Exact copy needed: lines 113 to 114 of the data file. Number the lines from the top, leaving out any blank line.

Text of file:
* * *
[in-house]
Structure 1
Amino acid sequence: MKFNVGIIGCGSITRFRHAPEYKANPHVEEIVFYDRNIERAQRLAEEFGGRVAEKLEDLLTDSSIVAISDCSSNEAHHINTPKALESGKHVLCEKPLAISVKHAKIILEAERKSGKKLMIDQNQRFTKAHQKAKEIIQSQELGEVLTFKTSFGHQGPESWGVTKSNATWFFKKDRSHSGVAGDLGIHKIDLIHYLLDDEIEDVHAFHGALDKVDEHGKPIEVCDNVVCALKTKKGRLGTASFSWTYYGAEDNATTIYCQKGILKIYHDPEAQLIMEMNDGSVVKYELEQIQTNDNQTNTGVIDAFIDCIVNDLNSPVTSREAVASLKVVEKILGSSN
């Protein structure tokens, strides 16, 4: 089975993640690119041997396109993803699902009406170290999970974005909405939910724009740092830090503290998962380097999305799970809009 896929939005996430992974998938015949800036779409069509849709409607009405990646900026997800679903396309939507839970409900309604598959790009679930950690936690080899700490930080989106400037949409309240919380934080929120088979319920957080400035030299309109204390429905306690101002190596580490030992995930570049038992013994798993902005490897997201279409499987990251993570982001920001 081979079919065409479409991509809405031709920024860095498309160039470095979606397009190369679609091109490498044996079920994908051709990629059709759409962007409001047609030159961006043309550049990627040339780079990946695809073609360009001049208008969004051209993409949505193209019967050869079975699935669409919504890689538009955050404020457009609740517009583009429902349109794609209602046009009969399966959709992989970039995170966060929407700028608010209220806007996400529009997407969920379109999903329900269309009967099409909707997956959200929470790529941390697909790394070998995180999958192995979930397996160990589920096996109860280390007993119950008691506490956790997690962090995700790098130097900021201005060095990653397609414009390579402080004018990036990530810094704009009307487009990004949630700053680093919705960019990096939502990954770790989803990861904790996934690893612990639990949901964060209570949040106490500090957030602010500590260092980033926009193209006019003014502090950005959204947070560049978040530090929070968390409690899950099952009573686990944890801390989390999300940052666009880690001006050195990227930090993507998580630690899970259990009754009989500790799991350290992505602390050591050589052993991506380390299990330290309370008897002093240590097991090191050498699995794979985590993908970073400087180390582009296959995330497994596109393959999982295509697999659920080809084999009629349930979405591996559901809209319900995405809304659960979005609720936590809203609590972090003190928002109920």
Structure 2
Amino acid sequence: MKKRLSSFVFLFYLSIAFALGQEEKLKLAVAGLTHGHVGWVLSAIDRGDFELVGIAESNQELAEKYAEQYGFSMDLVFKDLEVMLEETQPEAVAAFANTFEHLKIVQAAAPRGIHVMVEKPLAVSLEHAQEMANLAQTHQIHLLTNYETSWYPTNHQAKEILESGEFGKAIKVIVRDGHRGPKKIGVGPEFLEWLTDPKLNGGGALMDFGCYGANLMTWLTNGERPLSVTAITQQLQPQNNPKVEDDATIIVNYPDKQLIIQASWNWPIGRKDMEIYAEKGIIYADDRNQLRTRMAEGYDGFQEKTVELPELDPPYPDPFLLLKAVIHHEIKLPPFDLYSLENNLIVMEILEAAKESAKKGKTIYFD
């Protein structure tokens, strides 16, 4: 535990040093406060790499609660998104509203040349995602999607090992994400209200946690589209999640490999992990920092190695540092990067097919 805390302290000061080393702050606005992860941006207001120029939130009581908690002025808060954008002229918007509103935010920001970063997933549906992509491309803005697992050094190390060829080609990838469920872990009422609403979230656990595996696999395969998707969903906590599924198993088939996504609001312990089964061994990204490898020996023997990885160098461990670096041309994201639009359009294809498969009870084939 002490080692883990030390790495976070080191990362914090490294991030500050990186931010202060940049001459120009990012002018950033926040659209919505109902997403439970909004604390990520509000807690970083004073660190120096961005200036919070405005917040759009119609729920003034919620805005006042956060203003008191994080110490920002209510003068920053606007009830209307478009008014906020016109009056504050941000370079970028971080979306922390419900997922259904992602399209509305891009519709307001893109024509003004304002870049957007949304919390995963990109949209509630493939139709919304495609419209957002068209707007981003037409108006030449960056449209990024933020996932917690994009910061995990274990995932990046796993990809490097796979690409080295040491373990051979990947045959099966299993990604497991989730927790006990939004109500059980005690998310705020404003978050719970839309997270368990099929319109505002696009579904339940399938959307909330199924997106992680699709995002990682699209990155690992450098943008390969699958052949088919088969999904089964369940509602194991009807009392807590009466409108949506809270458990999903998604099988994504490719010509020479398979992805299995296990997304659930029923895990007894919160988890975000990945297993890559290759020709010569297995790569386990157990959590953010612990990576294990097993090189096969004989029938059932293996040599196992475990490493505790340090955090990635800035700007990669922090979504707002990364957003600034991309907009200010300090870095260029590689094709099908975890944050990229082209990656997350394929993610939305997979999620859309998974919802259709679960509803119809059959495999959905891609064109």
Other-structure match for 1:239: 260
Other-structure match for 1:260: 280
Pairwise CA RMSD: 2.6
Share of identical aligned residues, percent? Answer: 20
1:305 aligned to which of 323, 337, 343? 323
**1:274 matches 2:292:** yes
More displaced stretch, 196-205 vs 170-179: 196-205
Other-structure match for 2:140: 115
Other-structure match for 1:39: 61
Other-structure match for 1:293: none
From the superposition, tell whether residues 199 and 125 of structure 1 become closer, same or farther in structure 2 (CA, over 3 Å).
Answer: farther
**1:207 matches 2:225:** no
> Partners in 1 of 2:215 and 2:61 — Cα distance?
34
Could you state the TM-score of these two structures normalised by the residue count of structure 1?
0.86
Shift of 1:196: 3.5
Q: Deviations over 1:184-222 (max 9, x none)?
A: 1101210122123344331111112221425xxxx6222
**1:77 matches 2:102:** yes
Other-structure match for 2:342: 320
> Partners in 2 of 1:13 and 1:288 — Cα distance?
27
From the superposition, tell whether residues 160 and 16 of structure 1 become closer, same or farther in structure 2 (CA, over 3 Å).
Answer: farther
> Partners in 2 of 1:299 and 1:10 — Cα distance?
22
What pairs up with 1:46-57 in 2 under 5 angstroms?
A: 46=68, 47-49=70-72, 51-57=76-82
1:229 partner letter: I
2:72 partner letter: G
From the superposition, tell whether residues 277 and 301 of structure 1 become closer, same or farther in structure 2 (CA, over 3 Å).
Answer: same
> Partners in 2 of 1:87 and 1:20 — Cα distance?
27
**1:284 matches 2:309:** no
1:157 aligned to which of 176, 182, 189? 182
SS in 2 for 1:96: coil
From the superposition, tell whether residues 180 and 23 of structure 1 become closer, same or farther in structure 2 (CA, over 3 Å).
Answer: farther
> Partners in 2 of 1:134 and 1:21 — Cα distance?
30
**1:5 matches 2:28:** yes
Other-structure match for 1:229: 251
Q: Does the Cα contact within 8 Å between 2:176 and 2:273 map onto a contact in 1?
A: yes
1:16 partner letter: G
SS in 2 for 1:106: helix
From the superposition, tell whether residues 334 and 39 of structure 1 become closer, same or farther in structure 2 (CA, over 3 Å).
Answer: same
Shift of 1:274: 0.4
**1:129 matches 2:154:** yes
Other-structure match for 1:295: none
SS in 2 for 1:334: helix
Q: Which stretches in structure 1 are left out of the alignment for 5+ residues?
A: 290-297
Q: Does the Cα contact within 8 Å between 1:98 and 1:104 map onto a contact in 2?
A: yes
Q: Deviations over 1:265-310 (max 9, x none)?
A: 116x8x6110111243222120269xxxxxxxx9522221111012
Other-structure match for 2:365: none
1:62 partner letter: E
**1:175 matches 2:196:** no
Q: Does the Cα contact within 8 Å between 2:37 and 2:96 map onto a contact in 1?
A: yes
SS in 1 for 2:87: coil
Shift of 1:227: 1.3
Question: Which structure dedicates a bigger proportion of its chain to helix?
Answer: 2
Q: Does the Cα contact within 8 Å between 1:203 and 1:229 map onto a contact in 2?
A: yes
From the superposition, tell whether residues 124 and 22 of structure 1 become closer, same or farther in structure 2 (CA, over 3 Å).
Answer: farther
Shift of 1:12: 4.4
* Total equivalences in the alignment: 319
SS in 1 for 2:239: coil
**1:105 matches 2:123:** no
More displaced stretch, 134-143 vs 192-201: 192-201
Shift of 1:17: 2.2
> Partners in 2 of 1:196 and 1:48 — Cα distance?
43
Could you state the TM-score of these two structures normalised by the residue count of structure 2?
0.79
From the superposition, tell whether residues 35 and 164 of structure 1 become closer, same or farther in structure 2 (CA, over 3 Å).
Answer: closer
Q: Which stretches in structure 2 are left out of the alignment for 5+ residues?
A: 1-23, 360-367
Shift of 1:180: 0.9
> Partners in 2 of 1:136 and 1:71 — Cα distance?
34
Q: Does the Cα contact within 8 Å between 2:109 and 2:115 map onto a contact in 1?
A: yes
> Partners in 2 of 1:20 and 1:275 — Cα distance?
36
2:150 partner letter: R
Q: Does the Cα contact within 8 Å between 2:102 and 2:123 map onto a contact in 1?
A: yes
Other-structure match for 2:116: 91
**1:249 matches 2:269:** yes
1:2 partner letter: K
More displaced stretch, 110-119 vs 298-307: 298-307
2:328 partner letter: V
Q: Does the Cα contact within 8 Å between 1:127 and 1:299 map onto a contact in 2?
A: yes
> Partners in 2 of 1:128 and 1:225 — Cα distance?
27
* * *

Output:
> Partners in 2 of 1:128 and 1:225 — Cα distance?
27